Baby "Bugs" is here!

Sorry for the hiatus in posts!! Our son was born March 30th at 8:15pm after a very long and complicated labor.  He is beautiful and I am absolutely smitten!

You can read the birth story on Naturally Real Life, and I'll post the birthing affirmations I used during labor, and some sanity-saving recipes in the future.  Stay tuned!!

Pineapple Enchiladas

We usually have something Mexican-inspired every week at home... but I was getting tired of the same 5 or 6 ingredients all the time, even if they were in a taco salad one week and over nachos the next. This meal is a great way to mix up your Mexican and give it a tropical twist! 

Whatever kind of tortilla you decide to use, I'd recommend buying non-GMO.  This can also be made a vegan dish by using vegan sour cream and cheese substitutes. Nacho Mom's has a great vegan queso.  :)

If you have some omnivores at the table, you can easily add some shredded chicken to their enchiladas and cook them in a separate baking dish. 

Jamaican Veggie Soup

You'd think that living in Florida I would have more Jamaican food.  One day I'll have to go there and experience the cuisine myself.  Until then, I'll have to take the Internet's word for it.  I discovered this vegan soup when I wanted a warm meal that would use up some of my green veggies.  In addition to being super healthy, this soup's unusual combination of flavors is what really sets it apart.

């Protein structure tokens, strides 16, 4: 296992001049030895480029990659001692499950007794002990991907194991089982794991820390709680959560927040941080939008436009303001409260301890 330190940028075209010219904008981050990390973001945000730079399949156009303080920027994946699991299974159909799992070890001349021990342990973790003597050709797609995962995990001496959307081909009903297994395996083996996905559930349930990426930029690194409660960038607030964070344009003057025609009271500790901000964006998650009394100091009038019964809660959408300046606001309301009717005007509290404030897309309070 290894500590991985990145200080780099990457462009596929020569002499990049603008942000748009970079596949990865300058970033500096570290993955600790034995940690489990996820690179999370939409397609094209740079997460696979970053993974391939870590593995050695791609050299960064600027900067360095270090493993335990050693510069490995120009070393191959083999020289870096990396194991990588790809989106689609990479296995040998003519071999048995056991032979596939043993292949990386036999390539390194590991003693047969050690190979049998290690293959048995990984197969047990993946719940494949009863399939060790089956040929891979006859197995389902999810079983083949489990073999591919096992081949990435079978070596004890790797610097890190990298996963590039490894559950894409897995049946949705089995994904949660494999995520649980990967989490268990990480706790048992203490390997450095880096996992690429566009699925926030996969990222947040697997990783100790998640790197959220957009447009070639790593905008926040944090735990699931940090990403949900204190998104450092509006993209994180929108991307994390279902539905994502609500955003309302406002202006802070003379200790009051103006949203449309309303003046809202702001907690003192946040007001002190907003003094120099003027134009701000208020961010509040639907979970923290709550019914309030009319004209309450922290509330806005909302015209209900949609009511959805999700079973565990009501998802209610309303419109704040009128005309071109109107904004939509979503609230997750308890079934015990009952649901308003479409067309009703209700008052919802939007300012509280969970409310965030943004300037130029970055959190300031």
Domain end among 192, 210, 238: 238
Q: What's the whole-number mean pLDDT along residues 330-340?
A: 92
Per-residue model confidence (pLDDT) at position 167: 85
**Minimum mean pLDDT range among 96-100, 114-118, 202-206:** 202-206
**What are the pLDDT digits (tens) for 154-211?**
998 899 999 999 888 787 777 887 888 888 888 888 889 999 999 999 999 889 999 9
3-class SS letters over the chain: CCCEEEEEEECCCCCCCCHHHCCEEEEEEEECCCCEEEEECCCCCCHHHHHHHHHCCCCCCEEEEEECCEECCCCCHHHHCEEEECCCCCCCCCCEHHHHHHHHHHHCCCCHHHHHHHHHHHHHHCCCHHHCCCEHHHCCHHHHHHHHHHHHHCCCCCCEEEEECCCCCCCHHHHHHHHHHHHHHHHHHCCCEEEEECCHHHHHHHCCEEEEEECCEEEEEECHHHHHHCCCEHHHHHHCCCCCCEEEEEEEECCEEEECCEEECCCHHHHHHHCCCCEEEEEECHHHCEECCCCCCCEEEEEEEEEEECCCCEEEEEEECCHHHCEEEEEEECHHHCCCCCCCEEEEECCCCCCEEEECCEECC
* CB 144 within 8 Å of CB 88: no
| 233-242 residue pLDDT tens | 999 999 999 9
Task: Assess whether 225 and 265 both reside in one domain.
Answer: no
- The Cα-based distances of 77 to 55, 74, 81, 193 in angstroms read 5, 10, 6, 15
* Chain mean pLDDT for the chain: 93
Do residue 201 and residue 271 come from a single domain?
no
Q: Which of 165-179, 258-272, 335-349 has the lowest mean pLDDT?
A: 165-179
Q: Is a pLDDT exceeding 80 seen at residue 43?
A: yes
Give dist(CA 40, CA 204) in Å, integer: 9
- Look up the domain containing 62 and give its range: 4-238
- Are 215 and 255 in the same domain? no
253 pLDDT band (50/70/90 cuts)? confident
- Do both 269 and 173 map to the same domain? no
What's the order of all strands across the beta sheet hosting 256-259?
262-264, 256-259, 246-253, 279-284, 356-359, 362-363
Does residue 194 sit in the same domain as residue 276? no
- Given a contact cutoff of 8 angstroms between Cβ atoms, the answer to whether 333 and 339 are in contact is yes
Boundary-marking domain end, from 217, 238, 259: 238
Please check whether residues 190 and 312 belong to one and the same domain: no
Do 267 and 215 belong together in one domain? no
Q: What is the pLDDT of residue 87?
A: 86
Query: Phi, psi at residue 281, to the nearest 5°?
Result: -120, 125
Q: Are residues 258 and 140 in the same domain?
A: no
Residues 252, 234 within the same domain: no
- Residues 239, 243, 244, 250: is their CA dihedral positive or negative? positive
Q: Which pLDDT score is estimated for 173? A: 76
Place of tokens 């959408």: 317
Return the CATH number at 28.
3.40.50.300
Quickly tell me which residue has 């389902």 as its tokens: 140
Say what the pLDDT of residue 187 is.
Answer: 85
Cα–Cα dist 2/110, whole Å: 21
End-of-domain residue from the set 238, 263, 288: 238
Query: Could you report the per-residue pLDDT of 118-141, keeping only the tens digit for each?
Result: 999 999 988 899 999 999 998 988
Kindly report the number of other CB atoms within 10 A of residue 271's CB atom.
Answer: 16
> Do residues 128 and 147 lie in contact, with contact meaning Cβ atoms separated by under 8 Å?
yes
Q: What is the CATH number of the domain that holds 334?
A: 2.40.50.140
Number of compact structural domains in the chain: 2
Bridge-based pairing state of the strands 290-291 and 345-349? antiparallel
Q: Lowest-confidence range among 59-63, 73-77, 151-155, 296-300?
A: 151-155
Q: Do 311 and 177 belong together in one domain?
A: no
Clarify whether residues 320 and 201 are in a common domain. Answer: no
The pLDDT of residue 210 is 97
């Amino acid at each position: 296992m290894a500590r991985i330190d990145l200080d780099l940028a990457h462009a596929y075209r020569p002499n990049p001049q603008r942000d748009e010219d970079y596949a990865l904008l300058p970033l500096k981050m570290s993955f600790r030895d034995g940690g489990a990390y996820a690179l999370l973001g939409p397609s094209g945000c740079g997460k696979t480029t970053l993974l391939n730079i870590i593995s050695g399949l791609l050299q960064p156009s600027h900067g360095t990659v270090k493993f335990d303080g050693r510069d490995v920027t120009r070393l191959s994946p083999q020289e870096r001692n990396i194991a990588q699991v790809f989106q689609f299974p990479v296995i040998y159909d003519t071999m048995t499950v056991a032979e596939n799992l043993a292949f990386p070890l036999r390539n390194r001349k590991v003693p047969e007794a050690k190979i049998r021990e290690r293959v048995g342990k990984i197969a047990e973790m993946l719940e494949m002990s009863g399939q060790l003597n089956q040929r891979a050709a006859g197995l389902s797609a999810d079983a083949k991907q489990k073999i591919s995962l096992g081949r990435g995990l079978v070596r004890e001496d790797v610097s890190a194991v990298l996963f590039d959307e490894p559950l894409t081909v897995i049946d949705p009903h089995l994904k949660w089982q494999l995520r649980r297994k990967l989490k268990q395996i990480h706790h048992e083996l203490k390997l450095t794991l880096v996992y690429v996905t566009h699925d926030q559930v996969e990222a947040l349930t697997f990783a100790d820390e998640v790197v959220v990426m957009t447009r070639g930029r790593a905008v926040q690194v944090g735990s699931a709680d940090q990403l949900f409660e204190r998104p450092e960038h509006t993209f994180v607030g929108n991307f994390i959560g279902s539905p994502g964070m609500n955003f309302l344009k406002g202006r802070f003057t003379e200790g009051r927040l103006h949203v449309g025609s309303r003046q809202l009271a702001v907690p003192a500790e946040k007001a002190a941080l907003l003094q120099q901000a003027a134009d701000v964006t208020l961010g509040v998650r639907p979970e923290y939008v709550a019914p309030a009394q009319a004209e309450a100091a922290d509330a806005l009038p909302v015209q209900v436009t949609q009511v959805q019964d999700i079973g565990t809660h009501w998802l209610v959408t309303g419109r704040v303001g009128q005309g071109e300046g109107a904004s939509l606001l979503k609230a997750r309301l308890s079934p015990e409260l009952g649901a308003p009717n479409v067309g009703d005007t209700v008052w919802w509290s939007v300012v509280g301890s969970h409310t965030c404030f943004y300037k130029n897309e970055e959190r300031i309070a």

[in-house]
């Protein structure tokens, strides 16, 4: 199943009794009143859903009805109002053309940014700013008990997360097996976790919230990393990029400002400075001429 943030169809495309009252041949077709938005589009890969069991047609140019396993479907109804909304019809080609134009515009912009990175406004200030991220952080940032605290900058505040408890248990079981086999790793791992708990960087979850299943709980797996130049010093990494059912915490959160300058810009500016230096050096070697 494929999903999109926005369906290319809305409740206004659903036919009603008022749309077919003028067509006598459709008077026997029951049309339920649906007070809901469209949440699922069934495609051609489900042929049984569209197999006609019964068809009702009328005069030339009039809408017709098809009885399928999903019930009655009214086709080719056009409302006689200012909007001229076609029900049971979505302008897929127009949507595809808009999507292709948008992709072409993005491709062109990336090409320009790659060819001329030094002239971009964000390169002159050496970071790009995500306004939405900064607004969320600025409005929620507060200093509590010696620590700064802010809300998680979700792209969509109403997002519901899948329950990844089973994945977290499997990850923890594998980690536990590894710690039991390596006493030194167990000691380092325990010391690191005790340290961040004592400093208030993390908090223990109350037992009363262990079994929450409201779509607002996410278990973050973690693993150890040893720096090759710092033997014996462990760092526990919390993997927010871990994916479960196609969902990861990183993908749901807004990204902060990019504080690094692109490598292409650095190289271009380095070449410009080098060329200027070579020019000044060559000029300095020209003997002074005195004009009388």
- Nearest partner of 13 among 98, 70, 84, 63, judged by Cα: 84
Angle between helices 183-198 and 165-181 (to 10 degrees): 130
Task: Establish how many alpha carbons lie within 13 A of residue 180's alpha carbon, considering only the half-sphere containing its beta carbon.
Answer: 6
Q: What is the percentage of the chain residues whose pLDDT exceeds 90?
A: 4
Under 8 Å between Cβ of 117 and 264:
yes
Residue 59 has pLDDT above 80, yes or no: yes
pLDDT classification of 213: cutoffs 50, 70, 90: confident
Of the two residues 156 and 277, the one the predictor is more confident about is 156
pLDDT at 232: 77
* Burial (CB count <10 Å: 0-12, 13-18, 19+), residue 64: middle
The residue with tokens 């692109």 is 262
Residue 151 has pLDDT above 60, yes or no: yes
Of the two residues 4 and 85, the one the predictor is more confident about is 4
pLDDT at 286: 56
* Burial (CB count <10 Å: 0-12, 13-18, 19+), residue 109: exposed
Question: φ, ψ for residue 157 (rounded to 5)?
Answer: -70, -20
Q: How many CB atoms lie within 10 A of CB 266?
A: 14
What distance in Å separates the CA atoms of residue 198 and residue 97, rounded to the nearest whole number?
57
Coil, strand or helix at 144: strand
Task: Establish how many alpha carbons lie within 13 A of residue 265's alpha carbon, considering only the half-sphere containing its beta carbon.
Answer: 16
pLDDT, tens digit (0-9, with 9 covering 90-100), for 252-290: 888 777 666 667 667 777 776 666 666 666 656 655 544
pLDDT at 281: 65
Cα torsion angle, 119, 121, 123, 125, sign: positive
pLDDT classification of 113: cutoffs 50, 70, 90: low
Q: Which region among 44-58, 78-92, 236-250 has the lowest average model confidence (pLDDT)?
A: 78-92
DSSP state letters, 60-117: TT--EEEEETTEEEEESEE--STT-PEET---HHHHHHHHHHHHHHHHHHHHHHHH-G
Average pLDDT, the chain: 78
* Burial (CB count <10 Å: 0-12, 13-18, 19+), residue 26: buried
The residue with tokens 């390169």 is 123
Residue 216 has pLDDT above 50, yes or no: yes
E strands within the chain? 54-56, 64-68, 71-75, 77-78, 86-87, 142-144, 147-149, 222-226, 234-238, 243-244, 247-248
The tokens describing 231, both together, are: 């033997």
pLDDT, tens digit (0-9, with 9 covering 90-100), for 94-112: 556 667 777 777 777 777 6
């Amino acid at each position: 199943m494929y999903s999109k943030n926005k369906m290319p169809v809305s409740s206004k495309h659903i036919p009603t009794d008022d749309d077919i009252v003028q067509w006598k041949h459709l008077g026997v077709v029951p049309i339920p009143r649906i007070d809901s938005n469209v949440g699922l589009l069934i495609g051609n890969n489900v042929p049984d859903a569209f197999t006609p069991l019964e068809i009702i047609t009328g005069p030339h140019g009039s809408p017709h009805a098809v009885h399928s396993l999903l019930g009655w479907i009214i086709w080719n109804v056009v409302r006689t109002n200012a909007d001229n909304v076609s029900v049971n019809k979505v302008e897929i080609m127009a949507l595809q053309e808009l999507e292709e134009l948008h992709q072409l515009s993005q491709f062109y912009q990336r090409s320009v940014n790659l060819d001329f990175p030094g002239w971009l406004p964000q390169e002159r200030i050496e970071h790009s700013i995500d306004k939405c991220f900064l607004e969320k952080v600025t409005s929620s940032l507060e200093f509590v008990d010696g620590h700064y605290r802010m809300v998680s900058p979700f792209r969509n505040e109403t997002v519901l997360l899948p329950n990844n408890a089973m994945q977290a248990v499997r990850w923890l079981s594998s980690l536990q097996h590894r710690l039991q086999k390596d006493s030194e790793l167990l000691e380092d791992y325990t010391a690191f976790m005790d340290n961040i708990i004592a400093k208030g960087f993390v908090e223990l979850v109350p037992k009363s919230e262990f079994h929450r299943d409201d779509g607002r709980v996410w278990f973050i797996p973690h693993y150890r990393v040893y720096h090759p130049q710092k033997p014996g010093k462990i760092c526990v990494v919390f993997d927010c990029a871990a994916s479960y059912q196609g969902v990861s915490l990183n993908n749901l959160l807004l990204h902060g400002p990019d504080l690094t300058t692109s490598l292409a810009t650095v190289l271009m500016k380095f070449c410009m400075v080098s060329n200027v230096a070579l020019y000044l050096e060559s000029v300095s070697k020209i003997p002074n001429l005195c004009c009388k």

* vegan
* freezes well

Oktoberfest in a slow cooker

About a year ago, my husband and I took an amazing trip out west to the Four Corners area.  During our stay in Ouray, Colorado we ate at a German restaurant, and it was the best German food I had ever had. Working as a freelancer, the time I can set aside for cooking (and blogging) has been a bit unpredictable.  As a solution, I've been trying to plan one or two slow cooker meals a week.

Not only does this hearty meal bring the flavors of Oktoberfest into your home; it cooks itself while you go about your business, and it contains fairly healthy and economical ingredients, with not a cream-of can in sight!